The Toxicity of Beauty Standards
- Article by Mariama Diallo- Year 10 Journalism Elective Student
In a dysfunctional society like today, that many claim to hate, why do we choose to accept social standards of what ‘beauty is supposed to be? Comparing our unique, beautiful selves with an unrealistic photo shopped image? Despite our awareness of camera angles and other trickery, many still subconsciously believe that beauty is defined by these unattainable standards. Although these standards have been around since the 60s. Social standards have never been more exposed to people of all ages. All ages. Often when we are informed of the toxicity of media it is only directed to young people, but it is not only the young that are misled on the meaning of beauty. All around us we see advertisements showing miracle anti-aging creams, skin-resurfacing techniques and hair loss products? So no, the toxicity of beauty standards stops for no age.
We see topics like these advertised and discussed but what we don’t hear about often are the health issues and mental disorders that come with it. “Women are more heavily hit with beauty stand…” Stop… just stop. In fact, woman have it easy when it comes to following beauty standards, don’t like your eyebrows, trim them, don’t like your body, plastic surgery, makeup can cover and transform. Whereas we’ll hardly find a male popping into a clinic because his features are “not up to social standards.” Did you know that one out of ten men that go to the gym have Bigorexia, a mental disorder where one desires to be incredibly muscular? Bet you didn’t know that huh? Do we not realize that half of our fellow teen girls skip meals, smoke cigarettes, vomit and take medicines to control their weight? These actions become habits and can develop into many health conditions. Selling body images of how we’re supposed to look like, hashtag fitspiration.
But how do we limit these influences that are forced on us through marketing, social media and advertisements? First and foremost, stop giving devices to your children at such early ages. A study conducted in The Australian Communication and Media Authority showed that kids as young as six either own a phone or have access to it. Stop doubting your natural selves, you are beautiful without those lip fillers; you are unique, don’t accept body standards. Though advertising and social media can’t take all the blame, even the people that you hang around with like your friends and family can determine your views on beauty, and unlike social media, these people aren’t things to just be deleted, stand up for yourself and talk to them about it. If you feel your feed is influencing you, unfollow, it’s that simple. A benefit of social media platforms is that you control what you see, so if you don’t want to see it. Unfollow. Before you decide to love other people’s body images learn to love yourself, which brings me to my next point, stop trying to be perfect. After all, perfection was created to make us feel imperfect but of course imperfect is the perfect thing to be.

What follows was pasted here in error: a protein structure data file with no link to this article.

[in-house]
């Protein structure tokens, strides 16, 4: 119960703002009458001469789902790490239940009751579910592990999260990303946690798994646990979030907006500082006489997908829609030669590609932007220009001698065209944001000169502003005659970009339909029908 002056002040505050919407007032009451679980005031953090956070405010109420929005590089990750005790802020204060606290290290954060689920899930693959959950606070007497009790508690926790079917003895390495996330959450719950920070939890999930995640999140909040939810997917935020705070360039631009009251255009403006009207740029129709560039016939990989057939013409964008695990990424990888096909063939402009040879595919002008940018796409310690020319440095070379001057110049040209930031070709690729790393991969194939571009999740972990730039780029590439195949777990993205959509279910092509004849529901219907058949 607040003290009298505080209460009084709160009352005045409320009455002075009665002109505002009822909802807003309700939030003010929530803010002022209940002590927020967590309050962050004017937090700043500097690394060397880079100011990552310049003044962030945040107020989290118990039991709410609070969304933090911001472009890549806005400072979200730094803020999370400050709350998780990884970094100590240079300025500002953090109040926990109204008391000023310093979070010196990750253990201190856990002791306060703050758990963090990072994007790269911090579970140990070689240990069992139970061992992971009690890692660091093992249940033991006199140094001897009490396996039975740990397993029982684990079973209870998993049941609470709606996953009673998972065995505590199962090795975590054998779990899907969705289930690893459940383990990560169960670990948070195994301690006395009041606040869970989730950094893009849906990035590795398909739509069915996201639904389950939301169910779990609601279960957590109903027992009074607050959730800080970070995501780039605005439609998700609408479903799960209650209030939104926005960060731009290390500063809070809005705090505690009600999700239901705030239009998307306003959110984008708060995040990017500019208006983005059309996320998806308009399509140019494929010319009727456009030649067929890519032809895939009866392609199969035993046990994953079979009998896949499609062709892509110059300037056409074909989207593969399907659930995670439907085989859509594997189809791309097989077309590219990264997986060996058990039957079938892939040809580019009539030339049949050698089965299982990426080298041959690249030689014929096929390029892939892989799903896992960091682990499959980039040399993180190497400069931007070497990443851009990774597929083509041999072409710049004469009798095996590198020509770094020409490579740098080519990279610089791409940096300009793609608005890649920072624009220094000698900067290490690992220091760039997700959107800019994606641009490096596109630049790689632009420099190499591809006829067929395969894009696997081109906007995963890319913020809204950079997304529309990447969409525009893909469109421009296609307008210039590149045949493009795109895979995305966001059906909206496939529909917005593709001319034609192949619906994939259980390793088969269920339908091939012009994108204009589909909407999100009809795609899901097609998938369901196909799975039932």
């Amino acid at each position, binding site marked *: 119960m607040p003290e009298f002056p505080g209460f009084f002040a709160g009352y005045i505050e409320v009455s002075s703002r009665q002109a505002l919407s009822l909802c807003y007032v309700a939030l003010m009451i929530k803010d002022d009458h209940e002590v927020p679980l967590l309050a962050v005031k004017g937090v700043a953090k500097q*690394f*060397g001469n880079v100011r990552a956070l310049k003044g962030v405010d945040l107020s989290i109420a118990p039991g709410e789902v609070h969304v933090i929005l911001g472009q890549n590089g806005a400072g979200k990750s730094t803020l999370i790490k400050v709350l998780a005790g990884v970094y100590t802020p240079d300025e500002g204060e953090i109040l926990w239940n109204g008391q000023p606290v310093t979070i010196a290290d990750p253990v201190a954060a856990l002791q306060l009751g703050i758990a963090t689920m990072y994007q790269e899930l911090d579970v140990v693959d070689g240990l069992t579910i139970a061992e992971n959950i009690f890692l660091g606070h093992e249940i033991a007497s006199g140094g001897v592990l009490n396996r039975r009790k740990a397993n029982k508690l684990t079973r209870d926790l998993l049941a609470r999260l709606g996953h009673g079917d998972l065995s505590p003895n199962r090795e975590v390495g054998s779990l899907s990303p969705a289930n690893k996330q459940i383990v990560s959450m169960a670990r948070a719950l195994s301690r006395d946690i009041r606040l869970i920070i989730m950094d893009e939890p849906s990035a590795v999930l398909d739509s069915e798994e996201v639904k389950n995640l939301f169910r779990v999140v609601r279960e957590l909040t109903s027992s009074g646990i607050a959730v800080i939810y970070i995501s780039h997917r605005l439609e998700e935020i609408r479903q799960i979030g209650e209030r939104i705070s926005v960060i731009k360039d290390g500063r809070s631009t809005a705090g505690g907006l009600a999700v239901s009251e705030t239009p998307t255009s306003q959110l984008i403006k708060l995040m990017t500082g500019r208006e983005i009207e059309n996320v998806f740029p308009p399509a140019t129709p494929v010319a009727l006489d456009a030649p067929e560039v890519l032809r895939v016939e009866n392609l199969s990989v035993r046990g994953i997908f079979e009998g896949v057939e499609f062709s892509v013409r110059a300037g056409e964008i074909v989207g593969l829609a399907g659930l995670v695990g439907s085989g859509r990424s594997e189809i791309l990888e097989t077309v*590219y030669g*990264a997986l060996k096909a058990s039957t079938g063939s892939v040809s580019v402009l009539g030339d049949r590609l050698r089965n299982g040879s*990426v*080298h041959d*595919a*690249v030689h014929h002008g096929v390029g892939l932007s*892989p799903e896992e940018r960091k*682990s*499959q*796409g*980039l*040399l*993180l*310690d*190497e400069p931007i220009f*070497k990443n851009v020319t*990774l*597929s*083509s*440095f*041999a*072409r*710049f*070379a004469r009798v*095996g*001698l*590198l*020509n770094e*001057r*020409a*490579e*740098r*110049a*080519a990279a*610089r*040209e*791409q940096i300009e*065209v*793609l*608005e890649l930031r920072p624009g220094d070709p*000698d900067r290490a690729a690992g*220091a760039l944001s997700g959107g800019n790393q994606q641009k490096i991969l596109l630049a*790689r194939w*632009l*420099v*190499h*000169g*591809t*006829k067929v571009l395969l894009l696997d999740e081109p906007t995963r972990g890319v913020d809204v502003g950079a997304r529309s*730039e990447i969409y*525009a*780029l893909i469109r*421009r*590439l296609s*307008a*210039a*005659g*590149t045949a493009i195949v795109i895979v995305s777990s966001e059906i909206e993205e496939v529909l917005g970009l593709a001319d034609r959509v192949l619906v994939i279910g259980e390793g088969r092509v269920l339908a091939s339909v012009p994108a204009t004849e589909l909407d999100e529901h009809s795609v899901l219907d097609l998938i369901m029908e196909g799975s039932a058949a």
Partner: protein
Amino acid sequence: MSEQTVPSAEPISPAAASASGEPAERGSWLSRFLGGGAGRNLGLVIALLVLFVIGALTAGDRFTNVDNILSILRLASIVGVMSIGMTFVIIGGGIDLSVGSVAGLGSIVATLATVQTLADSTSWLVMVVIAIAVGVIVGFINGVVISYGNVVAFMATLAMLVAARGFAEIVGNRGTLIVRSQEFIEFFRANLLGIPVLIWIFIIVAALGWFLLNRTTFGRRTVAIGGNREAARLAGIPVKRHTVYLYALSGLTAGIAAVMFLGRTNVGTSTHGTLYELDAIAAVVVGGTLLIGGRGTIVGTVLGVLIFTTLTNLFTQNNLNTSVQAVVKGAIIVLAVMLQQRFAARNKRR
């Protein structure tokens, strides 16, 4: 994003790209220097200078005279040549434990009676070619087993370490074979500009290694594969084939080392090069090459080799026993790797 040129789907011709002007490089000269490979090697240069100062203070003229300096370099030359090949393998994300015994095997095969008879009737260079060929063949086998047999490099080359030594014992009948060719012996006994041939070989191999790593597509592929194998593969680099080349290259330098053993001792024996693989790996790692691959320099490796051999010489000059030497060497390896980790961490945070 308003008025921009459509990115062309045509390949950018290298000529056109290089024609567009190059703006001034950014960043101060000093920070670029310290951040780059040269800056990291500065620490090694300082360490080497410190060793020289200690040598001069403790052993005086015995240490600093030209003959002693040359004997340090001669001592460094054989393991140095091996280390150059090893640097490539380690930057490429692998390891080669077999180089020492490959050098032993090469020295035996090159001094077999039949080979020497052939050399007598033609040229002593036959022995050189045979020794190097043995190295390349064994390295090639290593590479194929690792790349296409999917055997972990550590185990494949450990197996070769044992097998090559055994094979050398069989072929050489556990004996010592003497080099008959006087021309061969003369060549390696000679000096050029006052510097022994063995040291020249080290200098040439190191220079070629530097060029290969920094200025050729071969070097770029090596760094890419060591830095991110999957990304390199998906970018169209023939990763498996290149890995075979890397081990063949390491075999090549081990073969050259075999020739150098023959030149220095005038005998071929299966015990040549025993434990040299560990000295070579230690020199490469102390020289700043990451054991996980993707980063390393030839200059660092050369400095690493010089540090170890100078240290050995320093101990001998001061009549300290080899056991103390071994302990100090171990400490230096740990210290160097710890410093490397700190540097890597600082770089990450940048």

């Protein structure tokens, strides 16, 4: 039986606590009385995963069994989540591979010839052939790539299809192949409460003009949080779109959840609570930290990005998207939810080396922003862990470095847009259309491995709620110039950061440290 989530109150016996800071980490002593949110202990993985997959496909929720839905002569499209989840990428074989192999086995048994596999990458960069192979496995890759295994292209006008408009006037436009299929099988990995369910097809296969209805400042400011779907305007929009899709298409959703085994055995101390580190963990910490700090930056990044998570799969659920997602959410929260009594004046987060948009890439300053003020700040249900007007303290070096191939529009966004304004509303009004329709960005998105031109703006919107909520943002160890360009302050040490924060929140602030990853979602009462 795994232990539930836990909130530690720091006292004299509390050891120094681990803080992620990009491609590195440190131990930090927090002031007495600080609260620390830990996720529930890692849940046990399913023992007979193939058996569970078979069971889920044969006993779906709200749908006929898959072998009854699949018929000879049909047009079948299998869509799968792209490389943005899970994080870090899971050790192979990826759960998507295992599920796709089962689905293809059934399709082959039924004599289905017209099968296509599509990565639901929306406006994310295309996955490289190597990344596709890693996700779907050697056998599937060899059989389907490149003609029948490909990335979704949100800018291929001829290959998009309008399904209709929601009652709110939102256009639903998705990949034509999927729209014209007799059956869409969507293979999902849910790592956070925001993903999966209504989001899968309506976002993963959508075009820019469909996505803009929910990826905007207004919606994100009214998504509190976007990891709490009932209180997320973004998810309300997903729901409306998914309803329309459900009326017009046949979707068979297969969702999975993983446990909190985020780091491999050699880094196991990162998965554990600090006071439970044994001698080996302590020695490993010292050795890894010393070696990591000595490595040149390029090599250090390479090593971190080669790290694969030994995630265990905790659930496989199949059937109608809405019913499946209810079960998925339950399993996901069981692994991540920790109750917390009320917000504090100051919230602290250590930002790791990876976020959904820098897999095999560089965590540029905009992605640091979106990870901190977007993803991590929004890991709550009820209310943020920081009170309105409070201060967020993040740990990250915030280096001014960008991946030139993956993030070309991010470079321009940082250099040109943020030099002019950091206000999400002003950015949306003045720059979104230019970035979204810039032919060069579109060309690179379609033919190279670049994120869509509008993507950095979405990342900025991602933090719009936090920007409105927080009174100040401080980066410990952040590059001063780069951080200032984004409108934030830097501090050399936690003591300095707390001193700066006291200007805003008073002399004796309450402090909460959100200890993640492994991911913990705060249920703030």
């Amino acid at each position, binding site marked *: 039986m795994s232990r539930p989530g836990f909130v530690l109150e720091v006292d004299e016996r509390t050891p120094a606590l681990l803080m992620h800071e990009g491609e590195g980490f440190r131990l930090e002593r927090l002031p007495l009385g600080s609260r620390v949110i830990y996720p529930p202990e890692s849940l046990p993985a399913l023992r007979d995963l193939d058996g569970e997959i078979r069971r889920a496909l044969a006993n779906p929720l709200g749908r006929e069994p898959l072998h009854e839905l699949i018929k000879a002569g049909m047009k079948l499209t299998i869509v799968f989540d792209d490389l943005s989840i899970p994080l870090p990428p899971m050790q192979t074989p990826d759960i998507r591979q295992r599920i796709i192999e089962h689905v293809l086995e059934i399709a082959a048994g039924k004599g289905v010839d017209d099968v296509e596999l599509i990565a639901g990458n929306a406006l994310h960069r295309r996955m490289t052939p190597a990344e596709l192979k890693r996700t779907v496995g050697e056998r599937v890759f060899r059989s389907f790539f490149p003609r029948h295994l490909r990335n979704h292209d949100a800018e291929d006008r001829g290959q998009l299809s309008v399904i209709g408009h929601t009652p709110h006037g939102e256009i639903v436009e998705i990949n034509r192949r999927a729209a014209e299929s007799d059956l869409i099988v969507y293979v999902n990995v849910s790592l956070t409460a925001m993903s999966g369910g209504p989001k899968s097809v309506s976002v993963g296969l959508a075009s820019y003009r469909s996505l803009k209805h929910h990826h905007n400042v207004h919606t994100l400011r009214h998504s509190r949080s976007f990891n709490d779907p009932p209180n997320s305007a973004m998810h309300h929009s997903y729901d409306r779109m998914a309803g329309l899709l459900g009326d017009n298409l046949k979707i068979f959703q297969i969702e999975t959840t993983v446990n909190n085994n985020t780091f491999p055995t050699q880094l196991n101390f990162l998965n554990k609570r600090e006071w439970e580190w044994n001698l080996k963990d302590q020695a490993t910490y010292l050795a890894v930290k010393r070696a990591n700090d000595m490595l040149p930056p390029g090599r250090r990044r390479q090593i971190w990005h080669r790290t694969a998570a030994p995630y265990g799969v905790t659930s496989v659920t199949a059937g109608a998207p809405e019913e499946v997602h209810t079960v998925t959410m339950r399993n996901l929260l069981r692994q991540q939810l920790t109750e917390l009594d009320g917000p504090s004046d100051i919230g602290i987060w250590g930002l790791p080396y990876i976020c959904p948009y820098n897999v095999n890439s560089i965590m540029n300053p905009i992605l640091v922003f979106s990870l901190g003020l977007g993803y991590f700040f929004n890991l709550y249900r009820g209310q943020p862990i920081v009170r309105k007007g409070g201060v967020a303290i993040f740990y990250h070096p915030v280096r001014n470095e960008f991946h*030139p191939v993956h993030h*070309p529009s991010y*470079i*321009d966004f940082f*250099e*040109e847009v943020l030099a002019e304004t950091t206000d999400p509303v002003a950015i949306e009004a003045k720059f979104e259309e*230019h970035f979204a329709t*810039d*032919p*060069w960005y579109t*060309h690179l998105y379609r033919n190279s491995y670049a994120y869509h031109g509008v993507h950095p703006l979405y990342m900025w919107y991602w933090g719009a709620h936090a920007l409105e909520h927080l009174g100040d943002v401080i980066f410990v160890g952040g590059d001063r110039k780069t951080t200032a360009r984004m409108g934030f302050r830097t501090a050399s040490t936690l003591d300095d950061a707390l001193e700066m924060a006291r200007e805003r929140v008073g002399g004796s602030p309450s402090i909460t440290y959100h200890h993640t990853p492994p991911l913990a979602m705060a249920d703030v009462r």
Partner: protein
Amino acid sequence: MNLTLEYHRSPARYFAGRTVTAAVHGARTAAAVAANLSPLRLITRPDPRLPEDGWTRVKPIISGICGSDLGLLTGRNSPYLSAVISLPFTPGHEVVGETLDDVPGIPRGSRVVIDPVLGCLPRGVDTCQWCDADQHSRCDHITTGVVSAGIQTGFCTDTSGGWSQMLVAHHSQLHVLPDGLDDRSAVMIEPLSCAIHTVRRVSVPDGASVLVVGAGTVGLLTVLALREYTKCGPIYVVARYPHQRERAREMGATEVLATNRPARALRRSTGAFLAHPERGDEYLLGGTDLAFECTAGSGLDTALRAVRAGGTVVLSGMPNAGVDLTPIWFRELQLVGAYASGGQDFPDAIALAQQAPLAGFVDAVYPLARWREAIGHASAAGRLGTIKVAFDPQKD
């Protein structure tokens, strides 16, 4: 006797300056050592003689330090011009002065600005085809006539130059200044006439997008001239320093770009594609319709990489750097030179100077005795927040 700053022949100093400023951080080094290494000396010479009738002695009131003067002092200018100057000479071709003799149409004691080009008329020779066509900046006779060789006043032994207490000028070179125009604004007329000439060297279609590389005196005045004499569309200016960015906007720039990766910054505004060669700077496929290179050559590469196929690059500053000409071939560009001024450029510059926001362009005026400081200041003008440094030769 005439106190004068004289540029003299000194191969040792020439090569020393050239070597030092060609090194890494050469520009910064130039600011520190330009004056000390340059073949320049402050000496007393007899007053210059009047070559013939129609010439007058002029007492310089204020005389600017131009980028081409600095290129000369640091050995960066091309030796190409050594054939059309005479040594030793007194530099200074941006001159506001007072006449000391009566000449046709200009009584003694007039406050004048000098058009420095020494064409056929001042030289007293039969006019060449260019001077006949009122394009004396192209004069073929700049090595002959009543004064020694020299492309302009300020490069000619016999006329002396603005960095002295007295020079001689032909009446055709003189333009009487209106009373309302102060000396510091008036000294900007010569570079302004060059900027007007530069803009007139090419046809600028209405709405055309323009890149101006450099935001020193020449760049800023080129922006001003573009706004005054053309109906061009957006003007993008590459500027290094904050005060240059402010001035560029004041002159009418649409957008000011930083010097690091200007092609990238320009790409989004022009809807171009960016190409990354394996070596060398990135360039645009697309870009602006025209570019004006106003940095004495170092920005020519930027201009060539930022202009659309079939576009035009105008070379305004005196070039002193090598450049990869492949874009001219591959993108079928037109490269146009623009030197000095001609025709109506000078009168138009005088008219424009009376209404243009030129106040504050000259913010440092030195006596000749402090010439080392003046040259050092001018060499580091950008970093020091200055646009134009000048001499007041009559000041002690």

Today’s beauty standards for girls are similar to the features an African- American girl would have. Having big lips, a slim body and so on. It’s annoying that growing up black people we’re meant to feel ugly for having big lips but now everyone wants big lips because Kylie Jenner, a white girl made it popular. For so long black features were not celebrated and now it’s like trying to look as black as possible without actually being black. It angers me that black people will bleach their skin because apparently their too dark. Your skin complexion is beautiful, embrace it.
Normalize being normal and ugly. The idea of body-positive is that all bodies are beautiful which is not true. All bodies are valid and there should not be any emphasis placed on beauty for somebody to feel worth. Saying all bodies are beautiful doesn’t dismantle beauty it actually just places more emphasis on beauty itself and makes it sound like you have to be beautiful to be worth something which isn’t true. Ugly and beautiful should be neutral terms it shouldn’t matter what you look like at all. Your worth is not determined by your appearance. That’s why we should learn self-acceptance because we should accept ourselves radically no matter what we look like. You can be ugly, so if you think you are, own it. What one person thinks is beautiful another person thinks is god- awful and just ugly. It’s not just black and white, obviously, there are somewhat universal beauty standards, but beauty standards are different around the world and if it is different for everyone it shouldn’t matter what society thinks.
We spend so much time trying to be different, trying to be unique. Our nature is to search for answers to life’s questions, concepts we don’t understand, like “What is perfection?” you strive to be “perfect,” a term you don’t understand. You should be yourself before it gets out of hand. Surely happiness is of priority over a word like “perfection,” so ask yourself this, who looks back in your reflection?
Name: Aatika Haqqi (Year 8, Sr. Haseena Majid’s student)
Competition Title: 2021 Schools Poetry and Short Story Competition (by The Write Note)
Place: Top 30 in WA.